DB2 9 for z/OS: Distributed Functions
An IBM Redbooks publication
Published 30 July 2009, updated 26 May 2011
IBM Form #: SG24-6952-01
Authors: Paolo Bruni, Nisanti Mohanraj, Cristian Molaro, Yasuhiro Ohmori, Mark Rader, Rajesh Ramachandran
Distributed Relational Database Architecture™ (DRDA®) is a set of protocols that permits multiple local and remote database systems and application programs, to work together. Any combination of relational database management products that use DRDA can be connected to form a distributed relational database management system. DRDA coordinates communication between systems by defining what can be exchanged and how it must be exchanged.
DB2® for z/OS® Distributed Data Facility (DDF) is a built-in component which provides the connectivity to and from other servers or clients over the network. DDF is a full-function DRDA compliant transaction monitor which, equipped with thread pooling and connection management, can support very large networks. Different z/OS workload management priorities can be assigned to different, user-specified classes of DDF-routed application work.
In this IBM® Redbooks® publication we describe how to set up your DDF environment, and how to deploy the DDF capabilities in different configurations, including how to develop applications that access distributed databases.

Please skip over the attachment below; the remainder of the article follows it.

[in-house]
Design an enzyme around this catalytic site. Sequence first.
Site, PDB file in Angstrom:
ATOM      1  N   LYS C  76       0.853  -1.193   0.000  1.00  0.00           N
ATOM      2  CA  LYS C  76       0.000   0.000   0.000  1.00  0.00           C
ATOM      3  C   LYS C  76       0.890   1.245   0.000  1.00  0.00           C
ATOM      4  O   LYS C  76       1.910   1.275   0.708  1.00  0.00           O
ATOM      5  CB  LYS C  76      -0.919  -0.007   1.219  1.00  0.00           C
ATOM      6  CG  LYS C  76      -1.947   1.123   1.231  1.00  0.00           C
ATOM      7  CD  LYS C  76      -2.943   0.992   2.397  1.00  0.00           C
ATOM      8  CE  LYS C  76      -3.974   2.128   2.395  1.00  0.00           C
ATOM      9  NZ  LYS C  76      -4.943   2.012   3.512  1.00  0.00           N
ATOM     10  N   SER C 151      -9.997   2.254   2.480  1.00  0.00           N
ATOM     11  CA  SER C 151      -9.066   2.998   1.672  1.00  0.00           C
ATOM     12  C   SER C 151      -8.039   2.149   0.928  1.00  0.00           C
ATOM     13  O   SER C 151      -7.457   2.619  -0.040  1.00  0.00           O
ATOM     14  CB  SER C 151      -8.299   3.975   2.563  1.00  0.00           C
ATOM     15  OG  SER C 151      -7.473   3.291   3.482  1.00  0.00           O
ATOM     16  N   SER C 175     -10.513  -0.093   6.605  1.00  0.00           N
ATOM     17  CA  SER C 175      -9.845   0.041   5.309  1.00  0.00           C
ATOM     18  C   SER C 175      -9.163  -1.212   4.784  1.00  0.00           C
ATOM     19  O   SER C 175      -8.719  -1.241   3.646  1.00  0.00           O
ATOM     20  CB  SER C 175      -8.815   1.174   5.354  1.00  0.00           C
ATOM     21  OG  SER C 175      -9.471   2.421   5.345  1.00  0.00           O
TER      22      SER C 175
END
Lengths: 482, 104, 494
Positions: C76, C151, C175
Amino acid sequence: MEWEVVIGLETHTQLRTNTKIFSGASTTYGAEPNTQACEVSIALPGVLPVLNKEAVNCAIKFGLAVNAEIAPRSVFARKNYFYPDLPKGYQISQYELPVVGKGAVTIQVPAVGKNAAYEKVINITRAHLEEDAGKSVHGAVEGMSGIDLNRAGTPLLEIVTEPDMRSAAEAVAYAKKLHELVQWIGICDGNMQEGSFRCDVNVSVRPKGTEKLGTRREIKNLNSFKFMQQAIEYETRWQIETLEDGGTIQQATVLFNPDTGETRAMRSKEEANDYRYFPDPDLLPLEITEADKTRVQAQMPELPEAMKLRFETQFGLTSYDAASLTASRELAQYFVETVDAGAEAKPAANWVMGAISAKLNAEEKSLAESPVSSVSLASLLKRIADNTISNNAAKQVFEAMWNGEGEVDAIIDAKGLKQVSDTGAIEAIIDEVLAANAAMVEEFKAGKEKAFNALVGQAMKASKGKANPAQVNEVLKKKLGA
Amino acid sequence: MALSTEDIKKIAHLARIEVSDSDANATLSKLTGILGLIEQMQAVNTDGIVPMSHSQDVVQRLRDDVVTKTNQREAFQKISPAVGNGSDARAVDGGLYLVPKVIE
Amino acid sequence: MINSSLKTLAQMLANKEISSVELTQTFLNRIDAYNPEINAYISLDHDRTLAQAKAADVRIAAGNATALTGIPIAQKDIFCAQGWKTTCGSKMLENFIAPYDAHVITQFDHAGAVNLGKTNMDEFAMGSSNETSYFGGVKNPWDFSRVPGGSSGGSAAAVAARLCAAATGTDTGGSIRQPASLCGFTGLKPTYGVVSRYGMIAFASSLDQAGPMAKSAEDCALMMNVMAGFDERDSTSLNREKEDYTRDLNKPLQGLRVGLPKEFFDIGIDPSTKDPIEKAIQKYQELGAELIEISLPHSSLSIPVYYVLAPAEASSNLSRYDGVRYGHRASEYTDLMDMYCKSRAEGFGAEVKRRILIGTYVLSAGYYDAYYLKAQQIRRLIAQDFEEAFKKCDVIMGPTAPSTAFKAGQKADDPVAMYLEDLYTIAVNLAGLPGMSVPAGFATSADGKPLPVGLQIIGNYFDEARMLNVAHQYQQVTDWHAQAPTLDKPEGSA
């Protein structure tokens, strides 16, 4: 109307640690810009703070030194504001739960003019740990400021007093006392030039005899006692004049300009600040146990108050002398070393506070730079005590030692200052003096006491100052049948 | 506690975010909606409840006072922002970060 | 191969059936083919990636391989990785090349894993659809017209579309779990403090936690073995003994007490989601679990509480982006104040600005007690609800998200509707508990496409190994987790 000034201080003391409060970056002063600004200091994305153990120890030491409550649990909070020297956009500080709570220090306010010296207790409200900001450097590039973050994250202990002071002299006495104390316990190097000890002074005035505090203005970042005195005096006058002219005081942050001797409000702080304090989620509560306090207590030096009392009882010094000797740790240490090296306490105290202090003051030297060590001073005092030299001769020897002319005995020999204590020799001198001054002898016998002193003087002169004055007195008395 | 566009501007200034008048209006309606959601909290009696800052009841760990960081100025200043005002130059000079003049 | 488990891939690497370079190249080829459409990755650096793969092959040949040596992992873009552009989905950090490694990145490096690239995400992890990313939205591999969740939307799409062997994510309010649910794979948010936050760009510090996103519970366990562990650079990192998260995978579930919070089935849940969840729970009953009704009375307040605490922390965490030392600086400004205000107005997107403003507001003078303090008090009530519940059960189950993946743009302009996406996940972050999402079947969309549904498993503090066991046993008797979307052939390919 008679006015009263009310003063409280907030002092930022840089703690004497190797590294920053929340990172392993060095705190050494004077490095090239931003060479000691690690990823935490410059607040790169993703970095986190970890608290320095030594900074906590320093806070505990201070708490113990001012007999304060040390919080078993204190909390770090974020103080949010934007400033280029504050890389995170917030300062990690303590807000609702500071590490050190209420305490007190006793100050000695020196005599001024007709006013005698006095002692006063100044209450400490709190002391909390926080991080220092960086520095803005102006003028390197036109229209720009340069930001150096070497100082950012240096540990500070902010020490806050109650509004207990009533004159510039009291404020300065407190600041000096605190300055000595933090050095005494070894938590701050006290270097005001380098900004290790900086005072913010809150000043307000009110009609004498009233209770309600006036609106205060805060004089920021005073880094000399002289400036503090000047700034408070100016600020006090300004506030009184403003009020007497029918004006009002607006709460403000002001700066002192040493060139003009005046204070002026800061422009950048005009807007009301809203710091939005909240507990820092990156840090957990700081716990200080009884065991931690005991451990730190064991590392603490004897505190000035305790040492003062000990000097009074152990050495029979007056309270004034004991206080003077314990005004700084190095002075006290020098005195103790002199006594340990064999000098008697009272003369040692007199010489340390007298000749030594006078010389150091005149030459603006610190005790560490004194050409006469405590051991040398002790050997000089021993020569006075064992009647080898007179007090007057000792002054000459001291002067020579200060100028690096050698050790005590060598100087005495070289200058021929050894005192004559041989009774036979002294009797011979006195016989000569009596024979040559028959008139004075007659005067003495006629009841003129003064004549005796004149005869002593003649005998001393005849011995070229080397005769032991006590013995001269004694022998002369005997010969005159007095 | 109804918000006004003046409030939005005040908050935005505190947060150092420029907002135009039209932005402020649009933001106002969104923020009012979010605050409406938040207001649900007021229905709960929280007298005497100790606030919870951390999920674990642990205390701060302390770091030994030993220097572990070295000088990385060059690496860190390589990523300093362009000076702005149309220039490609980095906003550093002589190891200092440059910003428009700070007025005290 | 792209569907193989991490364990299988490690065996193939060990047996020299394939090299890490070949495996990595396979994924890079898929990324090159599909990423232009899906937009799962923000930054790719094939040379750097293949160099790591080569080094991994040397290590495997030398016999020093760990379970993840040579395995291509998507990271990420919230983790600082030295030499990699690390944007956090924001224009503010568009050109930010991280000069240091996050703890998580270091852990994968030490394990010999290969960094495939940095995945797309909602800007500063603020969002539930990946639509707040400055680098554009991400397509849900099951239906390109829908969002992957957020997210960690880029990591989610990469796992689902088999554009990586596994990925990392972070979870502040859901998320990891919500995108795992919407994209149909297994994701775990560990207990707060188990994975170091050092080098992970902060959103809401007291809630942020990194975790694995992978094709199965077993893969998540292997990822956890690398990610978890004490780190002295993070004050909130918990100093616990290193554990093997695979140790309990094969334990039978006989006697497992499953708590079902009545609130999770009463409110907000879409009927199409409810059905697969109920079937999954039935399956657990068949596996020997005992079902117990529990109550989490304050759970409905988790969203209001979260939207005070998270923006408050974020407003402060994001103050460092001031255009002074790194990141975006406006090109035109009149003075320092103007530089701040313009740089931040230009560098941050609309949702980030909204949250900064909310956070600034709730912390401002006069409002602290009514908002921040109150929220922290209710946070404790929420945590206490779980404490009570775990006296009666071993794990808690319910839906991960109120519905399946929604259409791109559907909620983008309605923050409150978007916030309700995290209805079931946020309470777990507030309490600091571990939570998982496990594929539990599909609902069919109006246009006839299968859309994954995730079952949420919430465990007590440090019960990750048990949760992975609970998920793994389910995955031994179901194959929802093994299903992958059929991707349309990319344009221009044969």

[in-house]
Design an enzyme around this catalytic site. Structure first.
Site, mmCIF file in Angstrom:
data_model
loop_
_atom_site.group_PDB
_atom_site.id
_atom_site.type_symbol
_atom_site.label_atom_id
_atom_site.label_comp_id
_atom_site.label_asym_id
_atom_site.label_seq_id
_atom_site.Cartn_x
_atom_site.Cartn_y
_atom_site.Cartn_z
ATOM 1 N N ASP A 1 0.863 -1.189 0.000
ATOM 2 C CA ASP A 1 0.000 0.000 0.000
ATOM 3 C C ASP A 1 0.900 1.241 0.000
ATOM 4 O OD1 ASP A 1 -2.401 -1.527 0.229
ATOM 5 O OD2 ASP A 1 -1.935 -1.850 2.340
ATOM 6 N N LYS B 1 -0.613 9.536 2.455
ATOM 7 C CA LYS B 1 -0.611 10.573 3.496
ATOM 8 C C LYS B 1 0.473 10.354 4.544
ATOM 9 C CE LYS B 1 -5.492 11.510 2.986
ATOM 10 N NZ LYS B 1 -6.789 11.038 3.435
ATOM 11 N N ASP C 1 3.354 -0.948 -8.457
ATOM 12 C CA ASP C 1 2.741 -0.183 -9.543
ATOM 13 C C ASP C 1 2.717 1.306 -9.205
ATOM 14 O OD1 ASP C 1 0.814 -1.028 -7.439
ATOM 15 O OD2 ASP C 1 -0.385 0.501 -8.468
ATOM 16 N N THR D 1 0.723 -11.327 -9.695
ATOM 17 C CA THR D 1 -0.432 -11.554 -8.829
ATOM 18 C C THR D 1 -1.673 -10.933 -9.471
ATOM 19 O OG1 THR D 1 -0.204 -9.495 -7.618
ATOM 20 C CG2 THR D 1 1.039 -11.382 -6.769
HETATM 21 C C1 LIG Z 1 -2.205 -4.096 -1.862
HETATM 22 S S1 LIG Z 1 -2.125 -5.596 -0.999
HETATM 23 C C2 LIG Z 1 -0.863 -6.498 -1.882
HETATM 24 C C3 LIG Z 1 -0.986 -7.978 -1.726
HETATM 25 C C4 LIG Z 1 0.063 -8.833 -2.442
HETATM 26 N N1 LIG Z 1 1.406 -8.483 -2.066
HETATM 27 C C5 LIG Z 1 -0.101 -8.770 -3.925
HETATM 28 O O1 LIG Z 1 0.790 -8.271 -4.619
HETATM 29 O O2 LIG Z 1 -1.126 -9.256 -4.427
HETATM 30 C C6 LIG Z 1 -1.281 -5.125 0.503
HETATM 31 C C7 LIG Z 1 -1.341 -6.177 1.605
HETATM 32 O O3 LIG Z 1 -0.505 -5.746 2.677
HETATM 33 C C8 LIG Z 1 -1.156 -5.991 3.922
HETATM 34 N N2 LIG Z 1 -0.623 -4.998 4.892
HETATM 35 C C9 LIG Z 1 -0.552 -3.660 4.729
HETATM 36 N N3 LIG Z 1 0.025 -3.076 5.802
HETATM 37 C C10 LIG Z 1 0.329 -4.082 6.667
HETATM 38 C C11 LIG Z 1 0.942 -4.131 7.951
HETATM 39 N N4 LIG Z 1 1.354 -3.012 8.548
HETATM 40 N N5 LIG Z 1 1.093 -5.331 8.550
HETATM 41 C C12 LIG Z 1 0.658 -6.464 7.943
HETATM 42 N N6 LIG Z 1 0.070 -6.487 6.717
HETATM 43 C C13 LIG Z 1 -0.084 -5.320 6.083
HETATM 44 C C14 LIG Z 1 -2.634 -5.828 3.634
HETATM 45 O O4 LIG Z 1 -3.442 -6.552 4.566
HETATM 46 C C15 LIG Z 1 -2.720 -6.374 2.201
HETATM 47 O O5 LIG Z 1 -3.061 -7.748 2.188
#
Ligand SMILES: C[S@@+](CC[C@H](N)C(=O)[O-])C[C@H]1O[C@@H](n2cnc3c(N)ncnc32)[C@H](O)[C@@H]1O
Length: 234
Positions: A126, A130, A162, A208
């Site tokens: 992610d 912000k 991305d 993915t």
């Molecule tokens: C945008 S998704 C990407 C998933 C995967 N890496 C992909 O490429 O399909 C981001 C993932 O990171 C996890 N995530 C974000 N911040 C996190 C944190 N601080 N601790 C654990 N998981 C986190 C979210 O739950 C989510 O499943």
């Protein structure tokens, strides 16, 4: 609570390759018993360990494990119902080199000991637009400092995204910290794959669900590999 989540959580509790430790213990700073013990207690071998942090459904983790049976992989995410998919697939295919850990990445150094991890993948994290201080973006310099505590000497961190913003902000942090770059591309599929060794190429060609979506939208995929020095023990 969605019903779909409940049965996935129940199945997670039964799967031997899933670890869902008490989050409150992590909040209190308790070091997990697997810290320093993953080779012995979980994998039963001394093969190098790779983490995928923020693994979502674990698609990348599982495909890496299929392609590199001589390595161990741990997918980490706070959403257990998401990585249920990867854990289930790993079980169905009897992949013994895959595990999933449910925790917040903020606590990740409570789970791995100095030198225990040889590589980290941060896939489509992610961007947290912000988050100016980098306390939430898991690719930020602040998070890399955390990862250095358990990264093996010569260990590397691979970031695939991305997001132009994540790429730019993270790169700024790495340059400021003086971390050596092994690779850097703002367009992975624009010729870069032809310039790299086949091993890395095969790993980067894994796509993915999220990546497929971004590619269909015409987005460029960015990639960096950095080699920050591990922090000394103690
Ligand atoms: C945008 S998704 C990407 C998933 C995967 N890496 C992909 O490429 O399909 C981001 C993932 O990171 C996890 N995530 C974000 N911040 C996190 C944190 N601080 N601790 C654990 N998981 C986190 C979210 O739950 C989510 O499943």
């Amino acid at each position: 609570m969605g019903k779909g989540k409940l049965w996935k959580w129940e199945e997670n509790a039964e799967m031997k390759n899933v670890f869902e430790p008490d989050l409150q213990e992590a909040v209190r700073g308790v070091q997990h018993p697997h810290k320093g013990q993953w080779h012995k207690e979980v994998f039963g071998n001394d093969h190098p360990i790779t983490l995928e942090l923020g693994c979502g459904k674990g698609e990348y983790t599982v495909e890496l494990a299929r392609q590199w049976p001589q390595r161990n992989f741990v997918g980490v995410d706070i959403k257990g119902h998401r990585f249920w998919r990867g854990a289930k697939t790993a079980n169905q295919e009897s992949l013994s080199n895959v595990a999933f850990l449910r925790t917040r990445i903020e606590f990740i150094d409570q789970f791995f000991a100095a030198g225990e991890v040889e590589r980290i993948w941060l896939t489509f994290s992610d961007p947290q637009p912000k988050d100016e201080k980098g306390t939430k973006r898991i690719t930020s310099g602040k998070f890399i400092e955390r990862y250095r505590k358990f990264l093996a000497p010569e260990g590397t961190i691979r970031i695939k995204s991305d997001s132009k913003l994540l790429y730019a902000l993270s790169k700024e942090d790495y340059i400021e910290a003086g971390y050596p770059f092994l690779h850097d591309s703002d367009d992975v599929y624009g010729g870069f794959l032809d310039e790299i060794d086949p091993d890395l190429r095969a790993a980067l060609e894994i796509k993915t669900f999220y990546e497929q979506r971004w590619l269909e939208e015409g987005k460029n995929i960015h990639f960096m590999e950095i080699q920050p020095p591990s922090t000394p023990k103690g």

We also describe a set of more advanced features, such as thread pooling and high availability distributed configurations, in a DB2 data sharing environment, as well as the traces available to you to do performance monitoring and problem determination.
In summary, we show how a high-volume, highly available transactional application can be successfully implemented with a DB2 for z/OS data server accessed by all types of application servers or clients running on the same or different platform.
Table of contents
Part 1. Distributed database architecture and configurations
Chapter 1. Architecture of DB2 distributed systems
Chapter 2. Distributed database configurations
Part 2. Setup and configuration
Chapter 3. Installation and configuration
Chapter 4. Security
Part 3. Distributed applications
Chapter 5. Application programming
Chapter 6. Data sharing
Part 4. Performance and problem determination
Chapter 7. Performance analysis
Chapter 8. Problem determination
Appendix A. DRDA related maintenance
Appendix B. The TRADE workload
Appendix C. Sample applications
Appendix D. Sample programs for performance analysis
Others who read this publication also read
Follow IBM Redbooks
Follow IBM Redbooks